Maryland governor candidates spend millions on ads as primary voters start casting ballots

Maryland’s candidates for governor, doing everything in their power to reach undecided voters in a heated primary season, combined to spend more than $5.3 million in new television, radio and online advertisements in the weeks leading up to early voting, new campaign finance reports show.

Both the Democratic and Republican nominating contests to replace outgoing Republican Gov. Larry Hogan are coming down to the wire. One week of early voting began Thursday, and more than 90,000 voters had turned in mail-in ballots as of Friday.


The latest financial disclosures — which were due Friday by midnight and are the last required before the July 19 primary — show just how much the nine Democrats and four Republicans are raising and spending to reach voters in the final weeks.

Democrat Wes Moore, a bestselling author and former nonprofit leader, once again proved to be the most prolific fundraiser and spender in a race packed with experienced state and national political figures.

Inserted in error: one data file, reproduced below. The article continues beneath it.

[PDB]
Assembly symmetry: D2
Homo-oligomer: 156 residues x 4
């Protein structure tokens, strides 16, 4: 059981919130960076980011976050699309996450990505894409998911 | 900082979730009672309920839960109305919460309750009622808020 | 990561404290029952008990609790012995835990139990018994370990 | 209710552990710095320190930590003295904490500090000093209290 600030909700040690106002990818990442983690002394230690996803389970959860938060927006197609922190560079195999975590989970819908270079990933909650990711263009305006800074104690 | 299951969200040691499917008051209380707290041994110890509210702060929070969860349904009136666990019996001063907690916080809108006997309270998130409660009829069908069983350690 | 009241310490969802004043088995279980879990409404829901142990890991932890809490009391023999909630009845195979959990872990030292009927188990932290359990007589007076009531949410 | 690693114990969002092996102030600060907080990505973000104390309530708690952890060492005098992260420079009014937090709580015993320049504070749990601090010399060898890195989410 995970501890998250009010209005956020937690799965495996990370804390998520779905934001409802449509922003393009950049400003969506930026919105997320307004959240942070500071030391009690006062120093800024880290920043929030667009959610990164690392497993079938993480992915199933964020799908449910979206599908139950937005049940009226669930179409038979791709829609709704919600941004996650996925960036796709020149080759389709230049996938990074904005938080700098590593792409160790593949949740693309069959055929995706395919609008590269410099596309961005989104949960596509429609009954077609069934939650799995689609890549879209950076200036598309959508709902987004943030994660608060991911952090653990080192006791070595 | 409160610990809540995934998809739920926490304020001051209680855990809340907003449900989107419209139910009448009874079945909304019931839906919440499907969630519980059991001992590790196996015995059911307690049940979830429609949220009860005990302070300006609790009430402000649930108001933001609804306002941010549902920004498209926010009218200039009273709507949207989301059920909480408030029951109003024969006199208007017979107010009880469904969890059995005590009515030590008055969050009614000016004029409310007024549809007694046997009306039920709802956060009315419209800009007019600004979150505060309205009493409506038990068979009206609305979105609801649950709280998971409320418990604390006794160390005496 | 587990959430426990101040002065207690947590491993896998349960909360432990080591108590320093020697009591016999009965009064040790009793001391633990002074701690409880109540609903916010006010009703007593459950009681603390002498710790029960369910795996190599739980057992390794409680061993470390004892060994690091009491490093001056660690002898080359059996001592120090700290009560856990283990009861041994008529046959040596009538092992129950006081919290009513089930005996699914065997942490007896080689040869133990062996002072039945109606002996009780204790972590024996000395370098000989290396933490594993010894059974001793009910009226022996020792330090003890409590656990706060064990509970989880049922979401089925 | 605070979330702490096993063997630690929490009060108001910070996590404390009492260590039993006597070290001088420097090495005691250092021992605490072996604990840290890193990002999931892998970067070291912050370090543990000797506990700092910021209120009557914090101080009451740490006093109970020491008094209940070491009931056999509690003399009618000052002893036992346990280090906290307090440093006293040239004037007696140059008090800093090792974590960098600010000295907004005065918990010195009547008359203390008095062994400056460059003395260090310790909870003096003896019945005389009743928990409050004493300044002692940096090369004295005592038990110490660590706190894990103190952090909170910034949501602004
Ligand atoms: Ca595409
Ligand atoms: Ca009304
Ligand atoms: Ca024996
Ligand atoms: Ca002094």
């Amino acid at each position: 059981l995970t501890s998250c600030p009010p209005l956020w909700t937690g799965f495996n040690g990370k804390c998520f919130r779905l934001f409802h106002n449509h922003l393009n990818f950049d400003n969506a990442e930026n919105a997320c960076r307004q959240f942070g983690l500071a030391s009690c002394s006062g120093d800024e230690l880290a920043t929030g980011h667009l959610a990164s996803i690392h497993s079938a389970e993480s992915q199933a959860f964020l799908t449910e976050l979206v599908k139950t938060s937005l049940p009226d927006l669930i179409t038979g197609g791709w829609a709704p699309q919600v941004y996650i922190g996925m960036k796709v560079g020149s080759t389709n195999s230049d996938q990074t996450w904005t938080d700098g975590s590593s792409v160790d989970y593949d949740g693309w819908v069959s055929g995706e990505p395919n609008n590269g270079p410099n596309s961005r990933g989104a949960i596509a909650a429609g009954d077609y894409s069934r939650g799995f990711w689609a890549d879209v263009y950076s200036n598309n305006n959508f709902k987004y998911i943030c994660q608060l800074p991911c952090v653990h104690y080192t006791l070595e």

A first-time candidate who’s built an energetic and endorsement-fueled campaign, Moore had by far the most individual contributors in the first six months of the year and most were Marylanders who contributed less than $100, The Baltimore Sun reported last week.

His fundraising prowess continued in June, with he and his running mate, former Del. Aruna Miller, raising just under $600,000, spending $1.9 million and having a little over $800,000 left, according to the reports. They cover the period from June 8 through July 3.

Some of that was a high-profile boost from Oprah Winfrey, a longtime friend of Moore’s who hosted a virtual fundraiser with him in mid-June and narrated a 30-second ad released Thursday.

Former U.S. Labor Secretary and Democratic National Committee chairman Tom Perez also had a mid-June fundraiser with his own high-profile endorser — House Speaker Nancy Pelosi, a Baltimore native.